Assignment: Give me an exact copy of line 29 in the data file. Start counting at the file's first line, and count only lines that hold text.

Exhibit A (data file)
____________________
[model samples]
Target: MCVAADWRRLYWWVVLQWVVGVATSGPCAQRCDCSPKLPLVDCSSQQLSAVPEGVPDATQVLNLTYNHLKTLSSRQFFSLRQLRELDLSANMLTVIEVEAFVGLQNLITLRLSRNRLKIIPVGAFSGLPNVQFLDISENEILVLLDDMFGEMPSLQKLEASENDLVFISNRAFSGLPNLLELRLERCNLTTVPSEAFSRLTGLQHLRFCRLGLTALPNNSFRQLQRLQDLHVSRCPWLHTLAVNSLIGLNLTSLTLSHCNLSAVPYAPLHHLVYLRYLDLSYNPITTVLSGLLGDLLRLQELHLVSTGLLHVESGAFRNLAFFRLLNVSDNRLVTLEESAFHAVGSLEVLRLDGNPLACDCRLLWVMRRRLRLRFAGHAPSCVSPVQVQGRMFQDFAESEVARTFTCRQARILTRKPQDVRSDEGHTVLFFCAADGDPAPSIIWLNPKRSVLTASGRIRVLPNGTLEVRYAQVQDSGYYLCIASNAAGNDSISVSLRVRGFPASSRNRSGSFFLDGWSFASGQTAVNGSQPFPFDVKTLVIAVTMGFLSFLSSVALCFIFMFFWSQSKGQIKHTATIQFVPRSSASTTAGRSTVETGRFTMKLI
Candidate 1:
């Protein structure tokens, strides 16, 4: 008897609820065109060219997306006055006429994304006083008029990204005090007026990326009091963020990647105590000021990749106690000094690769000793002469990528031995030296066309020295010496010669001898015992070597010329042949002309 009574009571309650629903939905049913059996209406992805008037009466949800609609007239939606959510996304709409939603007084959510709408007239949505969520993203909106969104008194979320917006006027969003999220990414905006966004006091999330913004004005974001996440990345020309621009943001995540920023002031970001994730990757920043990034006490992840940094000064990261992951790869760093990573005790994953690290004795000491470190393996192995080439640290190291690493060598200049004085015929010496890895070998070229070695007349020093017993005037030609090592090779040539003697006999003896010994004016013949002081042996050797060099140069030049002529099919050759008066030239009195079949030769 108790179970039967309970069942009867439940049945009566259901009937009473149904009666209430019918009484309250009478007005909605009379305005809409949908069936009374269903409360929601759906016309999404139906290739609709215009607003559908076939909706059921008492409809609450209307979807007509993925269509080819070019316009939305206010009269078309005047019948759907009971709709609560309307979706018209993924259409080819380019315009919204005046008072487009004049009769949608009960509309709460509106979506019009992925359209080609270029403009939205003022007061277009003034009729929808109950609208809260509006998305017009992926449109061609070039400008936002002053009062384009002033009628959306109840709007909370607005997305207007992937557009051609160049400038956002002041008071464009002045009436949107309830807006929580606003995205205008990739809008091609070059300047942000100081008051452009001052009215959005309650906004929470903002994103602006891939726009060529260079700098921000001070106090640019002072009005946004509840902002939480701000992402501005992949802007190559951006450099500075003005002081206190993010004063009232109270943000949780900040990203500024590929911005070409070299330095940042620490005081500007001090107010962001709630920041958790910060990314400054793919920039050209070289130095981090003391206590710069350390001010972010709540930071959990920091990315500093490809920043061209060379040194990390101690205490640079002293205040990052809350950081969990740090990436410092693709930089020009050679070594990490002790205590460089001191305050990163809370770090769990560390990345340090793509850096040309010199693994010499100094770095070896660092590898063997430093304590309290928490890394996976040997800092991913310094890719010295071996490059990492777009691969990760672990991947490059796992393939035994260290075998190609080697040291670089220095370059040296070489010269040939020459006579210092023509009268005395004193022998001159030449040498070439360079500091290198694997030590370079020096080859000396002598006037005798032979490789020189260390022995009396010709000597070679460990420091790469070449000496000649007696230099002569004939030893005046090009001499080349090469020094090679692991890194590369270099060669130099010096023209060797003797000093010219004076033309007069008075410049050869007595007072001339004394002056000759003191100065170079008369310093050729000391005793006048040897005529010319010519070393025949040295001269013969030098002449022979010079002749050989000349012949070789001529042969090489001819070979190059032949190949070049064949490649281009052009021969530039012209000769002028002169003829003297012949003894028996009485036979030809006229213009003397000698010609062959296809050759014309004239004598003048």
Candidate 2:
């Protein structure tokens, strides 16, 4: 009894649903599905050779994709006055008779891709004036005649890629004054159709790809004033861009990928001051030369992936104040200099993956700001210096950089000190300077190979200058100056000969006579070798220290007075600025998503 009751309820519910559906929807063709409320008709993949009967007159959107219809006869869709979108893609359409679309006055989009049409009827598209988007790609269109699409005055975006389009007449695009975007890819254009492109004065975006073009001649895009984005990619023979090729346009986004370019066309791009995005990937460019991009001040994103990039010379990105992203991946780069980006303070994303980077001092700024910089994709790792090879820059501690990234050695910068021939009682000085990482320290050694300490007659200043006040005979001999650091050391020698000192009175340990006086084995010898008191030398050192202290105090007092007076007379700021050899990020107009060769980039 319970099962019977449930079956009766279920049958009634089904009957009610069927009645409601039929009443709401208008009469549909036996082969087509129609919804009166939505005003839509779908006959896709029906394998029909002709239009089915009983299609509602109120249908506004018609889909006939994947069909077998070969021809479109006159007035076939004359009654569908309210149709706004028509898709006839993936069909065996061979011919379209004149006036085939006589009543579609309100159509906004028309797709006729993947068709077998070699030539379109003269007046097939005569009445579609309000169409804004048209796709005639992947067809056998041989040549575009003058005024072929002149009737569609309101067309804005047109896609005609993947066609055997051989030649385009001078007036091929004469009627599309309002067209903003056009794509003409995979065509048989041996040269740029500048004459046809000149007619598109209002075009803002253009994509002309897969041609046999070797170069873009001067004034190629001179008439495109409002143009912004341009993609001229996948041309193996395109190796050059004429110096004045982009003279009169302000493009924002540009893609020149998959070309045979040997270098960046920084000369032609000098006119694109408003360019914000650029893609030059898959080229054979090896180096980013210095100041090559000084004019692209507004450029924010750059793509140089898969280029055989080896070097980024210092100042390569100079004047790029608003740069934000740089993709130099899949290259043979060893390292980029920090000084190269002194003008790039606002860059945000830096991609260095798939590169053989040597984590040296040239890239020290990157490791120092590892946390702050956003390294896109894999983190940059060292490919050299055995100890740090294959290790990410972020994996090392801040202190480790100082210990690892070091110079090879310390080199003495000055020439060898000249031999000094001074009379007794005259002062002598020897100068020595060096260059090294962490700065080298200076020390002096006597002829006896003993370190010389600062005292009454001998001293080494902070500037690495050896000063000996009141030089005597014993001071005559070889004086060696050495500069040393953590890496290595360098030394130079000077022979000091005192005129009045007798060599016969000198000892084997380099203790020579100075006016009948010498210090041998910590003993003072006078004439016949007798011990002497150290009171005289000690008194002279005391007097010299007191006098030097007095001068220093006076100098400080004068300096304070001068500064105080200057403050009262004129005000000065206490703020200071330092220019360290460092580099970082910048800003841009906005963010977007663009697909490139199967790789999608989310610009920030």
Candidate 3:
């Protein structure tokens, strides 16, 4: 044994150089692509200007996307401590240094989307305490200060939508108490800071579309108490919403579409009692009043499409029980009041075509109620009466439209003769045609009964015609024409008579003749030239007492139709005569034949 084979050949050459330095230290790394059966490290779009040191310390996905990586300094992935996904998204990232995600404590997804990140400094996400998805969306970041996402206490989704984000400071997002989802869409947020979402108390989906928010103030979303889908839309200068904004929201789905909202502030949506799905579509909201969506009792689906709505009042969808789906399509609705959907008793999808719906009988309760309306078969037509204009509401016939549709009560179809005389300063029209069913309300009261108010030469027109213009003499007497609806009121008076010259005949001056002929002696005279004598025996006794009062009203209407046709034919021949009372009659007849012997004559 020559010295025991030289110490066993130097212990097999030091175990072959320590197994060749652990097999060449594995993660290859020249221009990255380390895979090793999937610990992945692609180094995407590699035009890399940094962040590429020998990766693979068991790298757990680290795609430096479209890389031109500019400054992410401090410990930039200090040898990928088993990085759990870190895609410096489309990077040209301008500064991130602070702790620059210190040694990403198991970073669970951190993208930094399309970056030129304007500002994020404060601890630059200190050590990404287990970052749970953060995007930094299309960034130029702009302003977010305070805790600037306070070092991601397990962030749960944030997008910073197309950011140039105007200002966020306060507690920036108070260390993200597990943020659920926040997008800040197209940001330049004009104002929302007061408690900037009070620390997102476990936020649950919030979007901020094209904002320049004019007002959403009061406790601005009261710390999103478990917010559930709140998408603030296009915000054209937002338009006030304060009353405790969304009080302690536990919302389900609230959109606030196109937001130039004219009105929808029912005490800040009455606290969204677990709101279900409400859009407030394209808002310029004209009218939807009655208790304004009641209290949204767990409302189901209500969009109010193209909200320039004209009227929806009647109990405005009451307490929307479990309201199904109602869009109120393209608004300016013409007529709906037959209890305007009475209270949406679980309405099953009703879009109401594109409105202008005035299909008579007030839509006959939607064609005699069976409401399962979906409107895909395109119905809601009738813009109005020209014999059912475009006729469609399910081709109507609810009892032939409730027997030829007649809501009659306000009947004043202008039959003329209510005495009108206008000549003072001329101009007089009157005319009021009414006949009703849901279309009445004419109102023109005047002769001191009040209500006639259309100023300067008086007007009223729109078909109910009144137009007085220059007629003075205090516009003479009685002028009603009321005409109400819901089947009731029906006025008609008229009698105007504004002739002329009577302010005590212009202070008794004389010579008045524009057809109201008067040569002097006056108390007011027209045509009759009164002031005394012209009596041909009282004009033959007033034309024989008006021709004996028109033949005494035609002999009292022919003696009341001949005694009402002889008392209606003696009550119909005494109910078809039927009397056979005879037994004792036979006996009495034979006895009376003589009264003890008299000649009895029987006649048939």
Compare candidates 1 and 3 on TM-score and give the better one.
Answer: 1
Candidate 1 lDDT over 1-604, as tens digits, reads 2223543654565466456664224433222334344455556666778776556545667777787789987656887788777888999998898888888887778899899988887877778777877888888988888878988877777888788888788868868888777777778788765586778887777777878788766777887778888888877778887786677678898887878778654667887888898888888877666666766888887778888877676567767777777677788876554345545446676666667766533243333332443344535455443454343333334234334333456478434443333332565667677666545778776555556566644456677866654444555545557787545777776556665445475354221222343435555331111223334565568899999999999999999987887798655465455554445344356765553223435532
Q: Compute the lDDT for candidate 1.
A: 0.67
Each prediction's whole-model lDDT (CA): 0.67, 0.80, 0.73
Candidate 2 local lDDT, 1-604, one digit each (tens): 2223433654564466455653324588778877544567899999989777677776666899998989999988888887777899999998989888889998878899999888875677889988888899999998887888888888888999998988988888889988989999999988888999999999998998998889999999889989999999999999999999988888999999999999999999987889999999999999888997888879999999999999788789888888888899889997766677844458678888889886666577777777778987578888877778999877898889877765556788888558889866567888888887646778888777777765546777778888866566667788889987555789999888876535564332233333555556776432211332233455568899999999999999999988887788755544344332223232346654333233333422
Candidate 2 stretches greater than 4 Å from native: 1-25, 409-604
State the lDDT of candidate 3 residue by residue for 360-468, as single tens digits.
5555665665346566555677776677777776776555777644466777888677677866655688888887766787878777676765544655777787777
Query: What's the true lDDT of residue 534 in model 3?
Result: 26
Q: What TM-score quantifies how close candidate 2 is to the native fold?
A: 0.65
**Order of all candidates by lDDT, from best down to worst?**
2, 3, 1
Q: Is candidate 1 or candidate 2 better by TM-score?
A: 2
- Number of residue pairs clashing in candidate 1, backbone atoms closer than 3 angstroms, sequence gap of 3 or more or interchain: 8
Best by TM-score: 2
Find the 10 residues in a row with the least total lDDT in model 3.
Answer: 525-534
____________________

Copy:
Find the 10 residues in a row with the least total lDDT in model 3.